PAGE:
Out with the Old
From our tablet issue: The Great Outdoors
Getting rid of personal items can be difficult. People have a tendency to hold on to things that accumulate and clutter their lives. Therefore, putting possessions on the front lawn for strangers to pick through and buy for five dollars or less can be a hard task.
According to Muncie, native Tom Reeve, there is one thing that makes it easier.
“Drink,” Reeve says. “We just sat with a couple of beers and figured out which pictures we really, really wanted to keep, and which ones we could get rid of.”
Reeve and his wife had a garage sale in mid-March to prepare for a 1,000-mile move to Maine, providing them with a lighter load and extra money for gas and tolls.
The couple sold nearly half of their items within the first hour and a half.
“Get rid of everything,” Reeve says. “If you haven’t touched it in six months, get rid of it.”
According to Reeve, DVDs, books, pots and pans were quick sells, especially when priced low.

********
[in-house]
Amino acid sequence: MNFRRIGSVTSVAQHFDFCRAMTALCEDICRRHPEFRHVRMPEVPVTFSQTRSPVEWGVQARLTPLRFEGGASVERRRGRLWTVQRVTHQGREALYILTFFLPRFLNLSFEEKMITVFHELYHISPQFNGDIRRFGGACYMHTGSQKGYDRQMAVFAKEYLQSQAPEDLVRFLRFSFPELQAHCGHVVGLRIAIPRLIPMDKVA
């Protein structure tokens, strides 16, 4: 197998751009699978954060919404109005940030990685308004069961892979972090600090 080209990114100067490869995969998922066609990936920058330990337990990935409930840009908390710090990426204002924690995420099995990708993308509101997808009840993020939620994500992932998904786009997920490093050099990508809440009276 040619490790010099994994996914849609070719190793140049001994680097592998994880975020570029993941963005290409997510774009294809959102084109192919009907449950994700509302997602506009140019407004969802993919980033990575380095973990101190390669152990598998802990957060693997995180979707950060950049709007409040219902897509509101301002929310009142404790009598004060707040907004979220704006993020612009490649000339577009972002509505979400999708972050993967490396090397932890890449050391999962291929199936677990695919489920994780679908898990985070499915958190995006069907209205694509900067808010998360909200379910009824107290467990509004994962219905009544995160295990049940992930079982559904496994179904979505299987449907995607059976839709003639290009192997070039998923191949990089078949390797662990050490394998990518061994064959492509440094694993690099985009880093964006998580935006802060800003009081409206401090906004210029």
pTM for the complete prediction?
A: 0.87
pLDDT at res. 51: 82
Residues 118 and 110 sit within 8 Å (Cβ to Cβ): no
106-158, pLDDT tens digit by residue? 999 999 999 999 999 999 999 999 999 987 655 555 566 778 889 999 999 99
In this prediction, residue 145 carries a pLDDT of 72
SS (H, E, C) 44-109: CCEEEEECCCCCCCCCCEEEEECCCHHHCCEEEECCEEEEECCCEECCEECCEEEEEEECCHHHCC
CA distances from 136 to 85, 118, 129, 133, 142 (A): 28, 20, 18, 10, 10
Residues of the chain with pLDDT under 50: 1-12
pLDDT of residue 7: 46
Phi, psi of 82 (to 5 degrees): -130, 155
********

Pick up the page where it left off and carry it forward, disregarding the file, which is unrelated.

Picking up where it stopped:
“If you want to get rid of stuff and you don’t want to carry it around anymore, then it’s not about making money,” he says. “Just get rid of it.”
As thrifting and DIY trends continue to grow, garage sales become the ultimate win-win situation. The seller makes some extra cash while decluttering, and the buyer finds what they have been looking for at a discounted price.
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• Make a list of things you need, but keep an open mind for unexpected finds.
• Check your local newspaper for sales and times.
• Take a friend, whether it be for the company, bargaining skills or help carrying items to the car.
• Make a budget of how much you’re willing to spend.
• Try to buy more than one item in one transaction. Sellers will often lower the price if you bundle items together.
• Inspect items before purchasing. Previously owned objects run the risk of cosmetic or structural damage.
• Forget cash. Unlike the local Target, these sellers won’t accept Visa.
• Buy disassembled items. When it comes time to put it together, parts may be missing.
• Settle for the asking price. If the owner is willing to negotiate, do it.
• Forget things can be easily restored for a few extra dollars. You can find DIY projects on blogs and social media idea boards like Pinterest.